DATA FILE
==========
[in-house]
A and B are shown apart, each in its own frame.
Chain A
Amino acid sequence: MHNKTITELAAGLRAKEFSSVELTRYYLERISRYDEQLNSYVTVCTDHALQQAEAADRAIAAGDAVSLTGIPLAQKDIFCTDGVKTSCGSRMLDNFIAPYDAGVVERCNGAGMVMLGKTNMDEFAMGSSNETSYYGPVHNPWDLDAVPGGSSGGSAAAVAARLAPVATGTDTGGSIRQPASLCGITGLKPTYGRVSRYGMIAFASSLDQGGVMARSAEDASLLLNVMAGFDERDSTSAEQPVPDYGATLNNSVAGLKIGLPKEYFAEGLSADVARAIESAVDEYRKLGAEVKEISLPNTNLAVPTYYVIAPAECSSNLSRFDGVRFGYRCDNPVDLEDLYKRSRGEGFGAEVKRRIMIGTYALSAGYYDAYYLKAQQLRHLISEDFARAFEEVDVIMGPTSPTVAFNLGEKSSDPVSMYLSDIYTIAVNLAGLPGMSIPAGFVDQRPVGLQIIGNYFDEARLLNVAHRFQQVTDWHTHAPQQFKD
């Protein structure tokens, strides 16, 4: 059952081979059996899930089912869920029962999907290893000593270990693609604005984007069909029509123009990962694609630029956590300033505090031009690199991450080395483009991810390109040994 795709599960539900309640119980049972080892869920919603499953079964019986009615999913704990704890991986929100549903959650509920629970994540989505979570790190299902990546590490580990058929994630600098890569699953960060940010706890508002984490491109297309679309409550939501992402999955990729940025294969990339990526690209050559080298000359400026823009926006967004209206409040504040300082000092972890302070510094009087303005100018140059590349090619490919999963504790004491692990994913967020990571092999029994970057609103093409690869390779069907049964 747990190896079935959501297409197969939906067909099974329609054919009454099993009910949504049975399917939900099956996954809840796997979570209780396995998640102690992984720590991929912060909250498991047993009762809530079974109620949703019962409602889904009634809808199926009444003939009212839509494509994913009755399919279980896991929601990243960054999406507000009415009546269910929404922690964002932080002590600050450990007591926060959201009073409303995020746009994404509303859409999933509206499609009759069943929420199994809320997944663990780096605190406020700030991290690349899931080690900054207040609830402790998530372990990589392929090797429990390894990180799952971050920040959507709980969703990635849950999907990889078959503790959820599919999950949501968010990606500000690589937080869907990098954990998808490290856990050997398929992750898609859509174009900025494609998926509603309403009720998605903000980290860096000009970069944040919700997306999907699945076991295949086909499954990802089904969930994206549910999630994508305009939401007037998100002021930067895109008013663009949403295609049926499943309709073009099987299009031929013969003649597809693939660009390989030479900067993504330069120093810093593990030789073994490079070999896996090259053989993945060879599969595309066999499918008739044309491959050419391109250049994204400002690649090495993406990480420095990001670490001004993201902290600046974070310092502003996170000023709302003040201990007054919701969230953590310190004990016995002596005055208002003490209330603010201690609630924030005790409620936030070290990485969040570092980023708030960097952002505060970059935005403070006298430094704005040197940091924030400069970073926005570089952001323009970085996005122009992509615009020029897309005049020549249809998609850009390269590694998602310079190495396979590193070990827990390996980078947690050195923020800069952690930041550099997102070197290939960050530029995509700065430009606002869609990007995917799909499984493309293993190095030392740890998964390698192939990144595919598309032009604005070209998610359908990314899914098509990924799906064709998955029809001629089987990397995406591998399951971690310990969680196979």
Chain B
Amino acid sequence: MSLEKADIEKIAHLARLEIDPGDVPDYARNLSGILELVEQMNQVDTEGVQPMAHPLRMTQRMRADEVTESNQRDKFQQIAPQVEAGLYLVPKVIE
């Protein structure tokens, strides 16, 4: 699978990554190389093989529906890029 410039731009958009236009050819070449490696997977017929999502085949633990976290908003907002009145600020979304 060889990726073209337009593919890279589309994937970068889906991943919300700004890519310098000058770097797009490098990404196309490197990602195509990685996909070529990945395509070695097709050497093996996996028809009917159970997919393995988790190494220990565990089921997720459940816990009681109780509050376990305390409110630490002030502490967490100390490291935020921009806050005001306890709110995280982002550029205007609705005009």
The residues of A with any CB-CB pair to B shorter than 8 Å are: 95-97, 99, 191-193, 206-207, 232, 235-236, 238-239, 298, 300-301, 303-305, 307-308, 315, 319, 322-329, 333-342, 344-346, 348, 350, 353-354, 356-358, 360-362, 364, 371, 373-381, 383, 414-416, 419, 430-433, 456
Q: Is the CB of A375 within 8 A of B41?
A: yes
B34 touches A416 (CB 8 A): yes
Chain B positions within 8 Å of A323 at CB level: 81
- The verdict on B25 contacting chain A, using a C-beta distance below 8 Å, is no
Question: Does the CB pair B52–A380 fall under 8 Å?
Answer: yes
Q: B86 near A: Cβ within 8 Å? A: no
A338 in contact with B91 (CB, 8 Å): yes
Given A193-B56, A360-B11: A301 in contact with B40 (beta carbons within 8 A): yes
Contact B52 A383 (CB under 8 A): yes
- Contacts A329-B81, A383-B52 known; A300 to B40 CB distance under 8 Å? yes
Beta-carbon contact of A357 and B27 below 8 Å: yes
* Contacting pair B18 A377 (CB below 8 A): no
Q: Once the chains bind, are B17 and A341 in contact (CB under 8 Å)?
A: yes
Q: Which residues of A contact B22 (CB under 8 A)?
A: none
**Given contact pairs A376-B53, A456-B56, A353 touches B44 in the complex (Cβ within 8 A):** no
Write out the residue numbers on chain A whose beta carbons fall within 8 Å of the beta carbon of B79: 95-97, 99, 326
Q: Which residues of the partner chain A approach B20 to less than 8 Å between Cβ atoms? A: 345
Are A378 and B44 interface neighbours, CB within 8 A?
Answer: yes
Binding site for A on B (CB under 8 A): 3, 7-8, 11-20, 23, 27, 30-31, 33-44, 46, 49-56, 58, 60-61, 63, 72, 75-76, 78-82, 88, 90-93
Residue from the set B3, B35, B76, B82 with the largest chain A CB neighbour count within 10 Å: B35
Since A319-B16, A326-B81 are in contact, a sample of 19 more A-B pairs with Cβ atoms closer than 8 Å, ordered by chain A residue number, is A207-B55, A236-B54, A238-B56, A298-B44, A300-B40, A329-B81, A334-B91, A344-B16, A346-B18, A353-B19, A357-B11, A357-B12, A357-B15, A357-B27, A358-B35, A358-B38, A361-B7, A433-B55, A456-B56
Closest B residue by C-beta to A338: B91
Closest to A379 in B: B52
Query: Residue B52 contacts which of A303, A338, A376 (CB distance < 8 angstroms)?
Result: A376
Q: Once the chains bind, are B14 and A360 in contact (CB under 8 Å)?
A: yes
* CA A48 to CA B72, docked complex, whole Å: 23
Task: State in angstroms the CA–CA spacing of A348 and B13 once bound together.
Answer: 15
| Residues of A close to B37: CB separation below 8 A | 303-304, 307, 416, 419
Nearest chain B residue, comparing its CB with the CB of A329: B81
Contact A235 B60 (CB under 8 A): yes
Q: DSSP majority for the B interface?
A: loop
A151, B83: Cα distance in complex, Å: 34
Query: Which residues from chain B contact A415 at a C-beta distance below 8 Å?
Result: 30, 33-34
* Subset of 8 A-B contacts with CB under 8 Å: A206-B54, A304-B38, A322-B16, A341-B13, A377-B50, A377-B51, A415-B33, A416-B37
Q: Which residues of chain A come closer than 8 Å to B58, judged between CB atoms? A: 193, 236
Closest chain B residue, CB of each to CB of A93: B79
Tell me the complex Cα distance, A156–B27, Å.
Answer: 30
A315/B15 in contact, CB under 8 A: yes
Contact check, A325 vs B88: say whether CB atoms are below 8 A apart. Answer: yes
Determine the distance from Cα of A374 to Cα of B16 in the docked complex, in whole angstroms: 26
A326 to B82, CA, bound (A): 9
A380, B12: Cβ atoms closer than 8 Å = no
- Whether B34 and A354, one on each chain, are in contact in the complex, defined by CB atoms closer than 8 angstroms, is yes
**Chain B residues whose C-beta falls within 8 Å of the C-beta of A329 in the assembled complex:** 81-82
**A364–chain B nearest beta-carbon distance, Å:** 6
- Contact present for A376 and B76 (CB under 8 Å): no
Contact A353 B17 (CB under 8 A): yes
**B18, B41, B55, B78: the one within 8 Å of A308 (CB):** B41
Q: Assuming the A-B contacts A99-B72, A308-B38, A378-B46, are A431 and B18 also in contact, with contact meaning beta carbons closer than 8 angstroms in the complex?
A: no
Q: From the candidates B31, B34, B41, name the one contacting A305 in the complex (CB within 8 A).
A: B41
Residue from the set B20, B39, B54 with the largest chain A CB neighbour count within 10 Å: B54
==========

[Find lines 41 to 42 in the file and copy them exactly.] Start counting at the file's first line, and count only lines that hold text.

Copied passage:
A: yes
* CA A48 to CA B72, docked complex, whole Å: 23